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Q. What is "fair use"?

It's what you are allowed by law to photocopy -- at the moment of inspiration, when there's not enough time to seek permission -- commonly referred to as "spontaneous fair use." For example:

  1. A single chapter (and less than 10% of the total work) from a book...but only one semester. *Up to nine (9) spontaneous use items (articles/chapters) may be submitted as separate packets. The same item may not be submitted for any subsequent semester as spontaneous use (see Guidelines).
  2. Up to three articles from a periodical volume, submitted as one spontaneous use, as long as you have not used these articles for this class in any previous semester. This includes newspapers
  3. Any combination of the above (1. and 2.) to total nine (9) spontaneous use readings, per course, per semester.
    - Your own work - lecture notes, articles, etc.
    - Documents from the U.S. Government printing office and other public domain items

Q. What's this "9" thing?
A. This number appears in the Agreement on Guidelines (Begins at the bottom of page 7 in Circular 21 from the Library of Congress Copyright Office) which accompanied the Report of the House Committee on the Judiciary (House Report No. 94- 1476) at the time of the Copyright Act of 1976. It refers to the number of spontaneous uses suggested, per semester.
Q. How many articles am I allowed to put into a reader?
A. There is no limit to the number of articles in a reader as long as permission has been obtained from each publisher.
Q. I've always used these 6 articles; why can't I use them this time?
A. When you use any of the same articles you've used in the past, it no longer qualifies as "spontaneous use."
Q. 10% or one chapter -- "whichever is less"?
A. If you have a 600 page book which is divided into 60 chapters of 10 pages each, you should not feel obligated to select just one chapter when it is so obviously a small amount. So, please select up to 60 pages to copy, making the 10% the more important factor.
Up through May 1997, the Conference on Fair Use (CONFU) prepared final versions of the following proposed educational fair use guidelines: Digital Images; Distance Learning; Multimedia; Electronic Reserve Systems; Interlibrary Loan and Document Delivery; Use of Computer Software in Libraries. Although the Proposed guidelines are not yet widely accepted, the University Copyright Assistance Office is staying abreast of new developments in the digital environments. Please call if you have specific questions which are not addressed here.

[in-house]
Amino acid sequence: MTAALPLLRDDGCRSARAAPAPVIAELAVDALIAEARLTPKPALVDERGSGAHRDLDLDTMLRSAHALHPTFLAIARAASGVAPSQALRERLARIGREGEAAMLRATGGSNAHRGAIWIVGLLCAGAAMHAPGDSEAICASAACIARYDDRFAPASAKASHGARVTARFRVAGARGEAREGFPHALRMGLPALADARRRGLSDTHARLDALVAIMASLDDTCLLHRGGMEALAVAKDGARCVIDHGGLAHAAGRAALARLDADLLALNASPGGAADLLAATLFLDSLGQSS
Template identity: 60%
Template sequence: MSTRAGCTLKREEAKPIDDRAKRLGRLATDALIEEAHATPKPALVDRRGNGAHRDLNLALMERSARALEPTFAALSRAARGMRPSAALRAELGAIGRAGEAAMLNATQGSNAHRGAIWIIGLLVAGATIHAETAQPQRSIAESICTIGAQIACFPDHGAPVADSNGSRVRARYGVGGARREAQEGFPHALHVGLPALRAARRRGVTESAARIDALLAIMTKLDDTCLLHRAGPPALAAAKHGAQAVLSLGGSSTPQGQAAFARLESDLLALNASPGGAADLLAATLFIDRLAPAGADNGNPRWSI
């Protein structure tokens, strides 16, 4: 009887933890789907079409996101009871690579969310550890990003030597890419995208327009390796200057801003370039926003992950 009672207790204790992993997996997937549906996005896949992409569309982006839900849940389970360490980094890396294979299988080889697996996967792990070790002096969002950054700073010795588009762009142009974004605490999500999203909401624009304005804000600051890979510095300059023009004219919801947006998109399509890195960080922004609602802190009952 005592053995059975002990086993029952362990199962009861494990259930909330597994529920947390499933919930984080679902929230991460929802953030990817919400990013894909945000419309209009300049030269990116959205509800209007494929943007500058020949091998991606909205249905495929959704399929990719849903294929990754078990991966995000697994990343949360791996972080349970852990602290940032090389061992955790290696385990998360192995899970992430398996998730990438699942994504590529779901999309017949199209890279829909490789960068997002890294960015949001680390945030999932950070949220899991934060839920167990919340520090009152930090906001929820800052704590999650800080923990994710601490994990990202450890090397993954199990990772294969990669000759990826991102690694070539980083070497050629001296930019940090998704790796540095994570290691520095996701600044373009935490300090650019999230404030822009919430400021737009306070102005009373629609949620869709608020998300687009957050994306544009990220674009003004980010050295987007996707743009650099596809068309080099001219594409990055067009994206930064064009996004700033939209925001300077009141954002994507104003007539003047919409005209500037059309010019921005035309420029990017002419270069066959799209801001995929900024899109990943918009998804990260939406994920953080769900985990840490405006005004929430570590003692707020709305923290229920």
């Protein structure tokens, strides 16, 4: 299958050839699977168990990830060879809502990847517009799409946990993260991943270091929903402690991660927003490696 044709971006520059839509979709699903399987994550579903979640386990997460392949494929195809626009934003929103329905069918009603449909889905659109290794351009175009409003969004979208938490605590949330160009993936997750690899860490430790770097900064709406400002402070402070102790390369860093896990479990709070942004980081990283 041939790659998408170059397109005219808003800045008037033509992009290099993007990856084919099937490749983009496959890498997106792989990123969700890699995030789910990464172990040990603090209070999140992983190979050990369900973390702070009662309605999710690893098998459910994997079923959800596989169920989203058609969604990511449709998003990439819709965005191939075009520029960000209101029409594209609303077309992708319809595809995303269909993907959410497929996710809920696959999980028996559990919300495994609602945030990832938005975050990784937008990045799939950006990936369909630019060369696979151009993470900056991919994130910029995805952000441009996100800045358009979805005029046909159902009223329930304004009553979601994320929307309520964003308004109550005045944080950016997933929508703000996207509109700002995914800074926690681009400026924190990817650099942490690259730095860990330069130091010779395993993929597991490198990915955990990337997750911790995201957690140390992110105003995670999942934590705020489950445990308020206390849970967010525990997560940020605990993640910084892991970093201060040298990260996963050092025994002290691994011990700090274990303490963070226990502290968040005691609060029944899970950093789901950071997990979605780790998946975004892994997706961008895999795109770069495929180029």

Q. I've found a great journal article on the Web on a topic related to the course I'm teaching now. May I download it to my course web page?
A. As soon as you "put something up" on the Web, you become a publisher. If you do not have time to seek permission and you do not intend to keep it up or to use it again, this use would (should) fall under spontaneous fair use, one time only.

Q. But I want to use it every time I teach this course. May I at least provide a link?
A. Yes. Since the whole concept of the World Wide Web is to create a web of knowledge, creating an HREF link (the most common type) is precisely what you should do...provided there is nothing on your page to which the publisher/author of the linked page would object. If you have ANY doubt, write for permission to link.

Q. I just printed an article off the internet to add to my reader. The internet is public domain, right?
A. Wrong. Unless an explicit statement of release accompanies the article, please seek permission before including it in your reader. Include the full URL in your bibliographic citation. This includes The Washington Post and the New York Times.
Q. I use PowerPoint for my in-class lectures. May I add (digitize) charts, graphs and other pages from the course textbook to my PowerPoint presentation?
A. Yes, as long as you are not incorporating more than 10% of the book, and only for one course and only one semester. For repeated use, seek permission from the publisher of the textbook. It is helpful if the textbook in question is the required text for the course. This permission is usually free, but the publisher wants detailed information about your exact application.


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